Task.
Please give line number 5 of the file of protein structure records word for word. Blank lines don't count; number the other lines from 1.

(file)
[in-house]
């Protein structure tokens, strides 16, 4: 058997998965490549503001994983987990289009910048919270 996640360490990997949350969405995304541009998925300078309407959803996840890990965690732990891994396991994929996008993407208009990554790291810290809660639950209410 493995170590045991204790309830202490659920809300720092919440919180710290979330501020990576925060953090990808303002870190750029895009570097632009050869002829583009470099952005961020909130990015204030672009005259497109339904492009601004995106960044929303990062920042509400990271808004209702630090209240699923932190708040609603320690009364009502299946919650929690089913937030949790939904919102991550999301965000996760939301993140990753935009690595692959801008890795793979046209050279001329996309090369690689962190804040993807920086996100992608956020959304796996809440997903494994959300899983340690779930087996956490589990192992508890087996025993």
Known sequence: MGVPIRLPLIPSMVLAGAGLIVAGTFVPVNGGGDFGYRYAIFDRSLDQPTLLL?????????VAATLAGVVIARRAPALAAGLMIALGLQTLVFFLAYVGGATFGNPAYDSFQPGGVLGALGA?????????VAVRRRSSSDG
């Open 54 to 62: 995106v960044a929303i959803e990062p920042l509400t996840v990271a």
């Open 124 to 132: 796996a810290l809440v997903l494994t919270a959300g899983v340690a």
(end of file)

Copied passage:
């Open 124 to 132: 796996a810290l809440v997903l494994t919270a959300g899983v340690a």